The conference addressed specialists in cardiopulmonary diseases.

dec- and deca-

These prefixes derive from the Greek word deka meaning ‘ten’.

Some examples:

Decalogue – the Ten Commandments. The word originally came from the Greek dekalogos; later, in Latin, this became decalogus.

decagon – a polygon with ten angles and ten sides

decaspermal – a botanical term meaning a plant that contains ten seeds

Sentences using the above:

God handed Moses the Decalogue on Mt Sinai.

A polygon with ten sides is called a decagon.

The berry of the plant Psidium decaspermum is decaspermal.


This is a shortening of ecology or ecological and refers to the environment and its relationship with human beings. It originates from the Greek oikos for ‘house, dwelling’.

Some examples:

ecofreak (that’s a good one!) – someone who is fanatical about conservation of the environment

ecology – the branch of biology dealing with the relationship of living organisms to their environment (Greek eco- + logos ‘word, reason, discourse’)

eco-friendly – causing limited or no damage to the environment

Sentence using the above:

Some people think Ben’s an ecofreak because he majored in ecology and he works for an eco-friendly organisation.


Franco- derives from the Medieval Latin word meaning ‘French’ or ‘the Franks’. From the early eighteenth century it has been used to form English compound words.

prefix Franco

ooh la, la

Some examples:

Francophile – a person who loves France and the French to the point of obsession

Francophobe – a person who has a morbid fear of the French

Franco-Canadians – French-speaking Canadians

Sentences using the above:

All Fred’s friends call him a Francophile because he visits France every year and he’s in love with France and the French.

Robert is a Francophobe who can’t stand France or the French.

People who speak French in Canada are called Franco-Canadians or Canadiens.


Deriving from the Greek word gastēr, this meant ‘stomach’.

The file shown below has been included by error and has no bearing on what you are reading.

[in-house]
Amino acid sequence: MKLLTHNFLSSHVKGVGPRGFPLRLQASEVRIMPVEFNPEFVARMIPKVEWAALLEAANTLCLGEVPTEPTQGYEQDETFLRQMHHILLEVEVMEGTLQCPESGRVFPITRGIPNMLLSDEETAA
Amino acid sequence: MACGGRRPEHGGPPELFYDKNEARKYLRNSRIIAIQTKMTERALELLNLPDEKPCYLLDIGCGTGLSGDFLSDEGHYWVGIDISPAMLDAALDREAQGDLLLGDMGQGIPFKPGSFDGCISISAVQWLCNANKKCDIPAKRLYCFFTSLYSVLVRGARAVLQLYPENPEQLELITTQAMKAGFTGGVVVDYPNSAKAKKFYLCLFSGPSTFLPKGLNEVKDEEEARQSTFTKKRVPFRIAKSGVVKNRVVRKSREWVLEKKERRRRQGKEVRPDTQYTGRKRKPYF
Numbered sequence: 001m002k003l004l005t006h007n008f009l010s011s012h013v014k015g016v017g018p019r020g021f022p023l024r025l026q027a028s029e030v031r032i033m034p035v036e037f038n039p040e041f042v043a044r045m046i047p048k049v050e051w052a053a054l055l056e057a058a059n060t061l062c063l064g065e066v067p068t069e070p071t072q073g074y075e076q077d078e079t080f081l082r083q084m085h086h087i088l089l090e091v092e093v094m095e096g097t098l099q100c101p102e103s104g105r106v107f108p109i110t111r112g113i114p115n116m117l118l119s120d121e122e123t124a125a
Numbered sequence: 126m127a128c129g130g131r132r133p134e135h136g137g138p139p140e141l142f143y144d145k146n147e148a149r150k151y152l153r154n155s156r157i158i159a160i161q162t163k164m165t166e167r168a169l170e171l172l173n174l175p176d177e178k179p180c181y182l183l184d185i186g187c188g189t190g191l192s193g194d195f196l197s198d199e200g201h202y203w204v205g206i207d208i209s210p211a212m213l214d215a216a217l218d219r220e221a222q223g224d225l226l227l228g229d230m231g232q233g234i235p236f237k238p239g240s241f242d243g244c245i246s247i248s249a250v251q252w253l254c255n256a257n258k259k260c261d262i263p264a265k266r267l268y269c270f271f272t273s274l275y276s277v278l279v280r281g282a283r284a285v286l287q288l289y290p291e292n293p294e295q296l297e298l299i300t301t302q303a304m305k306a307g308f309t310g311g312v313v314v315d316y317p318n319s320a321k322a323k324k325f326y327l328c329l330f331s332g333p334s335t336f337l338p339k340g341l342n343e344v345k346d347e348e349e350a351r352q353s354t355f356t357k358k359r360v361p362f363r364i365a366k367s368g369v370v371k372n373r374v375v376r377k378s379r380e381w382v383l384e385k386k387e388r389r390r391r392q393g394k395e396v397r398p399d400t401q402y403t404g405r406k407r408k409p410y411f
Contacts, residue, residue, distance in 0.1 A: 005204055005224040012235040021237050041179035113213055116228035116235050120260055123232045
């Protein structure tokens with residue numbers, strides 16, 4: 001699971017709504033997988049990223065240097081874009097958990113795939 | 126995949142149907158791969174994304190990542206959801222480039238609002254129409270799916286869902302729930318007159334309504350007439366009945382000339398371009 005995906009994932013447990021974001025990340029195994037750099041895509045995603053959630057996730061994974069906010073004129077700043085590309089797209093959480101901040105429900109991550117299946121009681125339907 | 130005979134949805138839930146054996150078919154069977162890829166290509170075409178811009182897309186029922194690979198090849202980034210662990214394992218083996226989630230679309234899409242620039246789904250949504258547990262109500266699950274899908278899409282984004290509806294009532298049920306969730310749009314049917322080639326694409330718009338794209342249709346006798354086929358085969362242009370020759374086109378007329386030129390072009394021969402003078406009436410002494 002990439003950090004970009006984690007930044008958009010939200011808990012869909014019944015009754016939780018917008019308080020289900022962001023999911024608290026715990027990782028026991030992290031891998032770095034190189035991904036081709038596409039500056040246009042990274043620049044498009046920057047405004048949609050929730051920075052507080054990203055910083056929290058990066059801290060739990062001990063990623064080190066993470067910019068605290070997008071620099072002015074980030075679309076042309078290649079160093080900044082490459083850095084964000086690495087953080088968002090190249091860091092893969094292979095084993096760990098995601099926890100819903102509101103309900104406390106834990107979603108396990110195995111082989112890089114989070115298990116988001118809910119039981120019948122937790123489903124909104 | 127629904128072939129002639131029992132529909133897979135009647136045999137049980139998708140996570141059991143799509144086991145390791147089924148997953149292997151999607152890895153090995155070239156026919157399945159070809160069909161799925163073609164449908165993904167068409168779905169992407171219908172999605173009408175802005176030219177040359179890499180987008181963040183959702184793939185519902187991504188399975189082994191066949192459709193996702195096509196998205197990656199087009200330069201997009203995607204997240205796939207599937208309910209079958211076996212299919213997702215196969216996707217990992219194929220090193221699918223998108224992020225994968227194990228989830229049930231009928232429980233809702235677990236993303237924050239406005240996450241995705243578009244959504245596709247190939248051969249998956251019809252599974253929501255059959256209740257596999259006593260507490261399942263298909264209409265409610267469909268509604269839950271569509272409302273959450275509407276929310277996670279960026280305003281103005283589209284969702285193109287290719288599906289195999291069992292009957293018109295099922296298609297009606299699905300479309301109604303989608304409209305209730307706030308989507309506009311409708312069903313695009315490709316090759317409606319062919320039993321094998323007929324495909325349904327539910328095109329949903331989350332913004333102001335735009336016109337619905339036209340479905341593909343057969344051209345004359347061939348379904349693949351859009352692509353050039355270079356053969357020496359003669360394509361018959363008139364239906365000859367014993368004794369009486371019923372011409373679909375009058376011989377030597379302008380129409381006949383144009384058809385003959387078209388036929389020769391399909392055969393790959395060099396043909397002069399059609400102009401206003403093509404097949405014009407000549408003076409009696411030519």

Some examples:

gastroenterologist – a specialist in the branch of medicine dealing with the stomach and intestines

gastroenteritis – inflammation of the stomach and intestines. You may have heard this abbreviated colloquially to ‘gastro’

gastropod – a class of molluscs that move by sliding along on a ventral (relating to the belly) muscular ‘foot’

Sentences using the above:

Frank was having recurring problems with his digestion so his doctor referred him to a gastroenterologist.

I had to take two days off work because I had an attack of gastroenteritis.

Slugs and snails are gastropods.


From the Greek hydōr meaning ‘water’.

Some examples:

hydroelectric – electricity produced from the energy of running water

hydrogen – colourless, gaseous element. From the French hydrogène (Greek hydōr + Greek genēs meaning ‘born’), coined in 1787 by French chemist L.B. Guyton de Morveau in reference to the generation of water from the combustion of hydrogen

hydroplane – motor-powered boat that glides on the surface of water, coined 1895 by U.S. engineer Harvey D. Williams. (Greek hydōr + Latin plānum ‘level surface’). As a verb, it was first recorded in 1962 meaning to ‘skid on a thin layer of water’ (especially of car tyres)

Sentences using the above: